The opinion of the court was delivered by: Morrison C. England, Jr. United States District Judge
Plaintiff Anthony J. Pulera ("Plaintiff" or "Pulera") seeks monetary relief against Defendants F&B, Inc. ("F&B"), Manchester Enterprises, Inc. ("Manchester, Inc."), Charlena Manchester ("Charlena"), Charles Manchester ("Charles"), and DOES 1-10 (collectively "Defendants"), for failure to pay overtime and minimum wages, breach of contract, failure to provide meal periods, failure to provide accurate pay stubs, submitting false and fraudulent certified payroll records, failure to pay wages due at end of employment, violation of California Business and Professions Code §§ 17200 and 17203, and civil penalties pursuant to California Labor Code Private Attorneys General Act (California Labor Code § 2698, et seq.*fn1 ).
Defendants seek contractual and equitable indemnity as Third Party Plaintiffs against TW Construction Co., Inc. and DOES 1-25, (hereinafter collectively referred to as "TW") for allegedly misleading Defendants into believing the development project ("Project") for which Defendants hired Pulera was not subject to the payment of prevailing wages. TW now moves to dismiss Plaintiff's complaint pursuant to Federal Rule of Civil Procedure 12(b)(1)*fn2 for lack of subject-matter jurisdiction, on grounds that under Plaintiff's theory of diversity jurisdiction, Plaintiff's claim fails to exceed the amount in controversy requirement of $75,000.00. See 28 U.S.C. § 1332. Defendants join in this motion.
For the reasons stated below, the Motion to Dismiss is GRANTED with leave to amend.*fn3
Plaintiff was hired by Defendants to work on the Project, which comprises a convention center, hotels, condominiums, and retail uses, on the California side of South Lake Tahoe. Plaintiff's job duties included soft and hard demolition, and the moving of materials. (Amended Joint Status Report 2:16-17.) The Project was allegedly funded in whole or in part by public funds from the City of South Lake Tahoe and South Tahoe Redevelopment Agency. Plaintiff asserts that this use of public funds made the Project subject to the payment of prevailing wages required by California's Department of Industrial Relations.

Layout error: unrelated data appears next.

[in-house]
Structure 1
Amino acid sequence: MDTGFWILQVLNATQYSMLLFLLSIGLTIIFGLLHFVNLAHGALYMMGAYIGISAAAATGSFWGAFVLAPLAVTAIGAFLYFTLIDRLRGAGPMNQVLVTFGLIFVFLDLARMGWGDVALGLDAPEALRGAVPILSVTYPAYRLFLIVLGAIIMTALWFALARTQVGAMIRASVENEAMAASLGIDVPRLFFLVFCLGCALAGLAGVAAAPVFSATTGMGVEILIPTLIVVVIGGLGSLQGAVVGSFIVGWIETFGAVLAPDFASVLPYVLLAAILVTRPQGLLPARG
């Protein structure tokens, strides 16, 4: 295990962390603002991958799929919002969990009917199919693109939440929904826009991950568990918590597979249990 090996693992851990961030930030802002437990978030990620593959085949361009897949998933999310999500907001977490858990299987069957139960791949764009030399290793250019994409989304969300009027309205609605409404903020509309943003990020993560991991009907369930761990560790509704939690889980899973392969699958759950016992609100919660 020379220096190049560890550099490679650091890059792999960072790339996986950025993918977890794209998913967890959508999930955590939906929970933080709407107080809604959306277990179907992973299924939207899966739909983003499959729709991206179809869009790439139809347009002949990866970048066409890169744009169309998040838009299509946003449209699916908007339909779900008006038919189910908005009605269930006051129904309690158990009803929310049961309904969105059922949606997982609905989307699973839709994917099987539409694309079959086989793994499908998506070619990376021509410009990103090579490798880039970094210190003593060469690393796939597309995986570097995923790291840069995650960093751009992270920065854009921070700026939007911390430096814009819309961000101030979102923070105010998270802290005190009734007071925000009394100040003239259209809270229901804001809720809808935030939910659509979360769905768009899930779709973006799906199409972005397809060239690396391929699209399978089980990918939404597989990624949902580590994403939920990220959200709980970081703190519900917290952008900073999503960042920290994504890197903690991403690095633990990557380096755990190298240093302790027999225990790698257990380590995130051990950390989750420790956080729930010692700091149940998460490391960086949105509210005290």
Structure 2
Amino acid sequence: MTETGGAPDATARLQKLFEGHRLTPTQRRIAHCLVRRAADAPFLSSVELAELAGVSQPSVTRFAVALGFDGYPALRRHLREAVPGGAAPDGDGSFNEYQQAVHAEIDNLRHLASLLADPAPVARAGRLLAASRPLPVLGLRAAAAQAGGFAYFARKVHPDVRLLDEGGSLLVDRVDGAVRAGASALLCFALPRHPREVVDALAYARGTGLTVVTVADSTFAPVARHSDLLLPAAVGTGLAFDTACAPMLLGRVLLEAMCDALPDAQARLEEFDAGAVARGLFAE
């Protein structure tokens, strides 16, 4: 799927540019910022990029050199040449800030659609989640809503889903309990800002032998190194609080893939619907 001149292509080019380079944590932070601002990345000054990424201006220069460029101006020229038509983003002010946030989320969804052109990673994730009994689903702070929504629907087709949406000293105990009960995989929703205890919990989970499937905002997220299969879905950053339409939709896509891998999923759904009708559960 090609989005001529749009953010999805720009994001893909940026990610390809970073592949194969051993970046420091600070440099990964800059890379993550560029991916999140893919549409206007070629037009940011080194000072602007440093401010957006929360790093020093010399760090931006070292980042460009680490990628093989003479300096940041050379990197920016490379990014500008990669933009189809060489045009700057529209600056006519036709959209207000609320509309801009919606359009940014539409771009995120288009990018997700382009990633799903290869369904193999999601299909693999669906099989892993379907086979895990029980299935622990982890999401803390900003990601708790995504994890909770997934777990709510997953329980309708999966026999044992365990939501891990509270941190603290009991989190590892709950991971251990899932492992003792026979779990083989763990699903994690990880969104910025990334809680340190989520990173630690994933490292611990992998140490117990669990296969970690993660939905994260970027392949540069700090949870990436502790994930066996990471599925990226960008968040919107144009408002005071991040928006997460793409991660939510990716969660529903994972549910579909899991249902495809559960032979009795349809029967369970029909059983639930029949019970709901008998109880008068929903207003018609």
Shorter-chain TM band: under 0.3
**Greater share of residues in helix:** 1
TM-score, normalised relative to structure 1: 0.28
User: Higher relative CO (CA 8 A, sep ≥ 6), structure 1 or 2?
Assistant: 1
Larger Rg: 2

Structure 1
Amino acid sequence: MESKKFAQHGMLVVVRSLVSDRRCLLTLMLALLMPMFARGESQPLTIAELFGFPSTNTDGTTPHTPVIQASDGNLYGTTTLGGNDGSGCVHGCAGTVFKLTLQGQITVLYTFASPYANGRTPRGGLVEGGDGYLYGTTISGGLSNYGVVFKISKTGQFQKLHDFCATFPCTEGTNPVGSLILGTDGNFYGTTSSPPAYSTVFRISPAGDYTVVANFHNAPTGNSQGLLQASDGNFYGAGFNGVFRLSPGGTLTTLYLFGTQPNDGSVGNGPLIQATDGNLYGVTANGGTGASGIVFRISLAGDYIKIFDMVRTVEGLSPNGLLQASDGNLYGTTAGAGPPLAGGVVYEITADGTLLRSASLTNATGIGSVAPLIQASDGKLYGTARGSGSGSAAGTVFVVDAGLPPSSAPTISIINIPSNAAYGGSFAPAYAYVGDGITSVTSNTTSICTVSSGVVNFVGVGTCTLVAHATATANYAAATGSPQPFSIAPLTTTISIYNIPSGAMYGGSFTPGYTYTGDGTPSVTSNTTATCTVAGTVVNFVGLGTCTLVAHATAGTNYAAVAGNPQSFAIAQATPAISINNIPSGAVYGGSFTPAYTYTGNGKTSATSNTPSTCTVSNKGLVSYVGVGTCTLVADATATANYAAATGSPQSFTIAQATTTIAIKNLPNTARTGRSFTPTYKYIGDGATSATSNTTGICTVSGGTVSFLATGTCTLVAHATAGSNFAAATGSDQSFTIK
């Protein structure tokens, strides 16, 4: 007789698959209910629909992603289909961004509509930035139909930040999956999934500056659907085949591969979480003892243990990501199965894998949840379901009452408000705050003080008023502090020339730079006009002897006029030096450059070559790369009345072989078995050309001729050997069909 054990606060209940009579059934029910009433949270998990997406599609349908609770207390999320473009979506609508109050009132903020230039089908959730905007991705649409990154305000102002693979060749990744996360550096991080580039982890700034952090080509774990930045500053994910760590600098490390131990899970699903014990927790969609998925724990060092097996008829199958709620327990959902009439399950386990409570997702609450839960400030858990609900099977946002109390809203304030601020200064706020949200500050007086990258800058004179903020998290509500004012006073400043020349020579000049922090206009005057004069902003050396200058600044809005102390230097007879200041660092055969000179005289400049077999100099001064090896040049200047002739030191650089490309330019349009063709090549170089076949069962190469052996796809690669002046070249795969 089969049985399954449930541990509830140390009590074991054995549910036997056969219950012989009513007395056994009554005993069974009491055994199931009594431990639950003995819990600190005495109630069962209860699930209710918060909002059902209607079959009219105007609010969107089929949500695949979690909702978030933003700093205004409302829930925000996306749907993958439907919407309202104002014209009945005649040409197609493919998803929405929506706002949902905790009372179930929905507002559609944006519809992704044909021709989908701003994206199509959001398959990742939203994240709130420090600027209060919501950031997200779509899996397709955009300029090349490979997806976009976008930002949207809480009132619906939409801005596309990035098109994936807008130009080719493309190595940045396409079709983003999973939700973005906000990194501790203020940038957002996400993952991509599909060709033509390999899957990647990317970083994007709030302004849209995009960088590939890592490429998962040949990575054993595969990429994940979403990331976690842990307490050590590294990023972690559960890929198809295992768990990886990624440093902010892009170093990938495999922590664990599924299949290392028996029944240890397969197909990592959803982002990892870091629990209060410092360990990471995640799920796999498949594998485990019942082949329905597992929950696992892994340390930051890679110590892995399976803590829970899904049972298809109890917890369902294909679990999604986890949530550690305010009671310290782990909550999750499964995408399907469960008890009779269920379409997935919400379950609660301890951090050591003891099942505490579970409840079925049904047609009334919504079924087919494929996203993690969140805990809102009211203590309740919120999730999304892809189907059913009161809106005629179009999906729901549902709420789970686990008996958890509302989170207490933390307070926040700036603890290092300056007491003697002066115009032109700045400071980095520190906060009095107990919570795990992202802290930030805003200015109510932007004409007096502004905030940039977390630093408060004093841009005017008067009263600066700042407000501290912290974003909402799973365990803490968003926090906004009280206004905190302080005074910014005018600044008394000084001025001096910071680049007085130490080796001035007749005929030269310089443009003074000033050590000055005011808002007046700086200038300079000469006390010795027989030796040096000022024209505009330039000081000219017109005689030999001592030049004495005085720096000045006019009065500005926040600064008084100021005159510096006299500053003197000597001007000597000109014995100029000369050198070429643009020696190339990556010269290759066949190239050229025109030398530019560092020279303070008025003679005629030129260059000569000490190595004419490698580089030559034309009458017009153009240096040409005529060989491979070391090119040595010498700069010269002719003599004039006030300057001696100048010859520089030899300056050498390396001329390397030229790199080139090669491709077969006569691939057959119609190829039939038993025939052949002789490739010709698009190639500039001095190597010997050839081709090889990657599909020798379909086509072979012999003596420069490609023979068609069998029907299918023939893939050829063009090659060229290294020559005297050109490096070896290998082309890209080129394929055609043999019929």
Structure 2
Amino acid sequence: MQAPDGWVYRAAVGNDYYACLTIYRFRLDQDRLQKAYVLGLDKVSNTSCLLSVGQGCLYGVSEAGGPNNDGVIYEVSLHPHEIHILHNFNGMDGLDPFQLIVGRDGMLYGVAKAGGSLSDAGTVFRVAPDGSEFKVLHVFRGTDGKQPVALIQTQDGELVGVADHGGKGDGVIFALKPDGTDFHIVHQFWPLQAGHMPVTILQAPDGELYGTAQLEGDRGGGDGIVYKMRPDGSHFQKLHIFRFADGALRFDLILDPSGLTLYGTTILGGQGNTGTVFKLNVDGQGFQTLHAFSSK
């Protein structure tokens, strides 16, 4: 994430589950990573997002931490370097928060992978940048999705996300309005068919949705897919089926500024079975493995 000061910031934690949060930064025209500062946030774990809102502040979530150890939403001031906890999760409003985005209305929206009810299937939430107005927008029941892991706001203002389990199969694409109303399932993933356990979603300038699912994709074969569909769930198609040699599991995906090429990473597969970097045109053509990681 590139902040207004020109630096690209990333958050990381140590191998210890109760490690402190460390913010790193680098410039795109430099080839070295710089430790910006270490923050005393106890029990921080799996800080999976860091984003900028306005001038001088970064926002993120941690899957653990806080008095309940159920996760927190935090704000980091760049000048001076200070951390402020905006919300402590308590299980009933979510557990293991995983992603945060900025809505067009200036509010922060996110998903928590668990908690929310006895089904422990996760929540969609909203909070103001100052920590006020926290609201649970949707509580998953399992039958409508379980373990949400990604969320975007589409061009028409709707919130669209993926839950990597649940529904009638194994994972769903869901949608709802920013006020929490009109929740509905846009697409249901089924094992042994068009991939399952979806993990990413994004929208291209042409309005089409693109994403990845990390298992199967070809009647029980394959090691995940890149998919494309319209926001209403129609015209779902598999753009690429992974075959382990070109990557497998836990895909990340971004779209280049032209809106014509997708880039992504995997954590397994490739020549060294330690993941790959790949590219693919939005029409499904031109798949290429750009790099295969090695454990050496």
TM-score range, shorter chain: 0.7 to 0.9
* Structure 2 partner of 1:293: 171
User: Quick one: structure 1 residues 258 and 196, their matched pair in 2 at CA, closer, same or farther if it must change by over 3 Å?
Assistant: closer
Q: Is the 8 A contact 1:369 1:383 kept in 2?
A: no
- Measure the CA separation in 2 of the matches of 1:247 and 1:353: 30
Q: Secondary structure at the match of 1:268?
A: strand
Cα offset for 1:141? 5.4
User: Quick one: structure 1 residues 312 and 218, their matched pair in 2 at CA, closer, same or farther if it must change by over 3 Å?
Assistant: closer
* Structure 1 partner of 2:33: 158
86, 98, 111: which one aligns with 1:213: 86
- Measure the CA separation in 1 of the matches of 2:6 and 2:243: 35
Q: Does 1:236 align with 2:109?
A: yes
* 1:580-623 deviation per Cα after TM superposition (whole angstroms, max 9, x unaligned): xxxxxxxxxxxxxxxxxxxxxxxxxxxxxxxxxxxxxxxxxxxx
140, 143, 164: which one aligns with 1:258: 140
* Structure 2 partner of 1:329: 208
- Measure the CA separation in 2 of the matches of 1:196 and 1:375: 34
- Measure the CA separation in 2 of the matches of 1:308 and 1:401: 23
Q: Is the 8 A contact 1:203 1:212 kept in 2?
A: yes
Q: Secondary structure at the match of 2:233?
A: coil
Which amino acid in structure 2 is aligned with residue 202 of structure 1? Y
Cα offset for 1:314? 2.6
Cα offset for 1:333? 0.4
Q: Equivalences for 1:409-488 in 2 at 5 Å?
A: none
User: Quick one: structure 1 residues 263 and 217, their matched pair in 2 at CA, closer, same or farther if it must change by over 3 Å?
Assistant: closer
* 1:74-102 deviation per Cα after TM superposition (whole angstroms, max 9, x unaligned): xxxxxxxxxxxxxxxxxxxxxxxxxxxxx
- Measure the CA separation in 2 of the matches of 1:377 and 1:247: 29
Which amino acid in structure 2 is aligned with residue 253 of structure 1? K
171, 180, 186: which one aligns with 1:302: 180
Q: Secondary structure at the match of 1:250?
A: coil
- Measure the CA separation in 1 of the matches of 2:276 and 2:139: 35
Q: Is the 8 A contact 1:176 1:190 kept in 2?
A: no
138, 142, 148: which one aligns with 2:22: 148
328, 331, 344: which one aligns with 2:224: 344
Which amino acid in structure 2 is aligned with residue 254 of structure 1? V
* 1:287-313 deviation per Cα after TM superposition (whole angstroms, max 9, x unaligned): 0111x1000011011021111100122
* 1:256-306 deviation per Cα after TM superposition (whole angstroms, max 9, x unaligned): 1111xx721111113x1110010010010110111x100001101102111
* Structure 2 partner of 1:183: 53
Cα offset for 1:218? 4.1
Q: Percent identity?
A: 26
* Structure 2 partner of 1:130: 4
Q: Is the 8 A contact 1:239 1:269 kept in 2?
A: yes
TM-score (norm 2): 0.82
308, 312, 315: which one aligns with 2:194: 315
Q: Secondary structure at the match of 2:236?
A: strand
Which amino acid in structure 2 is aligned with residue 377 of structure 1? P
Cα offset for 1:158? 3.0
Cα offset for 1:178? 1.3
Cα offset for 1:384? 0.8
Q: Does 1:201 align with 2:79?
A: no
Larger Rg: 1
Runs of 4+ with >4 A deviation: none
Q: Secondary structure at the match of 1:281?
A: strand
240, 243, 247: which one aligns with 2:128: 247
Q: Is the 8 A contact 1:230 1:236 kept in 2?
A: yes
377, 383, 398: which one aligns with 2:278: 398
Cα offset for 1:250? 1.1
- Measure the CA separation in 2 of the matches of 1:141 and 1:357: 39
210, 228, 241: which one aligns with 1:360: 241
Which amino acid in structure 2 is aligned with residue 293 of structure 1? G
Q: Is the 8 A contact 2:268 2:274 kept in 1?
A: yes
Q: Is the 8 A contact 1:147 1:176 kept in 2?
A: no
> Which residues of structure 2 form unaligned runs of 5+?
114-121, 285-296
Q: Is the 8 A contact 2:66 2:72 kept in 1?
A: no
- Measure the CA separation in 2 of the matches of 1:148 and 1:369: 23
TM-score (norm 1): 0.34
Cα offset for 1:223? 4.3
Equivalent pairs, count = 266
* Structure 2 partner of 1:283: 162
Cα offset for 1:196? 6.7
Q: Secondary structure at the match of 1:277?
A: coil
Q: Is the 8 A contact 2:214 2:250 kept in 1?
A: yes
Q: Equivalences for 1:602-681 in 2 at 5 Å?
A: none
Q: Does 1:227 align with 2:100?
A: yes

On January 22, 2008, Plaintiff filed his Complaint for Damages and Demand for Jury Trial in this Court under diversity jurisdiction. Plaintiff alleges seven causes of action in his Complaint: (1) Failure to Pay Overtime and Minimum Wages; (2) Breach of Contract; (3) Failure to Provide Rest and Meal Periods; (4) Failure to Provide Accurate Pay Stubs and Records and Submitting False and Fraudulent Certified Payroll Records; (5) Failure to Pay Wages Due at End of Employment and Waiting Time Penalties; (6) Violation of California Business and Professions Code §§ 17200 and 17203; and (7) Civil Penalties pursuant to Labor Code Private Attorneys General Act ("PAGA") (Labor Code § 2698, et seq.).
TW filed this Motion to Dismiss under Rule 12(b)(1) for lack of subject-matter jurisdiction on the grounds that Plaintiff's claim fails to exceed the amount in controversy threshold of $75,000.00. 28 U.S.C. § 1332. TW alleges that because some of Plaintiff's claims are subject to a 75% apportionment to the California Labor & Workforce Development Agency ("LWDA") under PAGA, Plaintiff's possible recovery, less the apportionment to LWDA, does not meet the statutory threshold requirement, and therefore his Complaint must be dismissed. Defendants join in this motion.
Where the parties in an action are citizens of different states, a district court "shall have original jurisdiction ... where the matter in controversy exceeds the sum or value of $75,000, exclusive of interest and costs." 28 U.S.C. § 1332(a). This amount includes claims for general and special damages (excluding costs and interests), attorneys fees if recoverable by statute or contract, and punitive damages, if recoverable as a matter of law. Conrad Assocs. v. Hartford Accident & Indem. Co., 994 F. Supp. 1196, 1198 (N.D. Cal. 1998).
The amount is "determined at the time the action commences, and a federal court is not divested of jurisdiction ... if the amount in controversy subsequently drops below the minimum jurisdictional level." Hill v. Blind Industries and Services of Maryland, 179 F.3d 754, 757 (9th Cir. 1999).
The Supreme Court has stated that in diversity cases where the amount in controversy is in doubt, "[i]t must appear to a legal certainty that the [plaintiff's] claim is really for less than the jurisdictional amount to justify dismissal." St. Paul Mercury Indem. Co. v. Red Cab Co., 303 U.S. 283, 289 (1938). Federal courts are courts of limited jurisdiction, and thus when faced with a motion to dismiss, the party seeking the federal court jurisdiction bears the burden of proving that jurisdiction is proper. McNutt v. General Motors Acceptance Corp. of Indiana, 298 U.S. 178, 189, 56 S.Ct. 780, 785 (1936).
TW claims that Plaintiff's Complaint appears to a legal certainty to fall below the amount in controversy requirement under 28 U.S.C. § 1332, and thus Plaintiff's claims must be dismissed. St. Paul Mercury, 303 U.S. at 289. The Ninth Circuit stated that such "legal certainty" exists "when a rule of law or limitation of damages would make it virtually impossible for a plaintiff to meet the ...